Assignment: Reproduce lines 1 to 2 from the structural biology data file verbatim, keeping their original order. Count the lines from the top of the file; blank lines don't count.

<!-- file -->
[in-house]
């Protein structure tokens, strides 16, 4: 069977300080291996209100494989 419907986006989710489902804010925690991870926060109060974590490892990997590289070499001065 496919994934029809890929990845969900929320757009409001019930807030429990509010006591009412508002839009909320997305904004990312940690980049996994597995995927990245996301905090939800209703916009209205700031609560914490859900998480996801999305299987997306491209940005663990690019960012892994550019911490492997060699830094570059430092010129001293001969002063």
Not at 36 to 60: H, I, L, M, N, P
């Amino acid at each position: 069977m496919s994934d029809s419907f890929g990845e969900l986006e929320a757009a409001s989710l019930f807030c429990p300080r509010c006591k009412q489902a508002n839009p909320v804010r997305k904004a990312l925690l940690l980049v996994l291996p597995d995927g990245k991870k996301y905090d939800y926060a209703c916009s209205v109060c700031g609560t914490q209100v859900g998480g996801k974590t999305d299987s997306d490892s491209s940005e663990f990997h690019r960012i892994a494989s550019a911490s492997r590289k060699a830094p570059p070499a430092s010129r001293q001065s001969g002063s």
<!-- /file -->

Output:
[in-house]
């Protein structure tokens, strides 16, 4: 069977300080291996209100494989 419907986006989710489902804010925690991870926060109060974590490892990997590289070499001065 496919994934029809890929990845969900929320757009409001019930807030429990509010006591009412508002839009909320997305904004990312940690980049996994597995995927990245996301905090939800209703916009209205700031609560914490859900998480996801999305299987997306491209940005663990690019960012892994550019911490492997060699830094570059430092010129001293001969002063």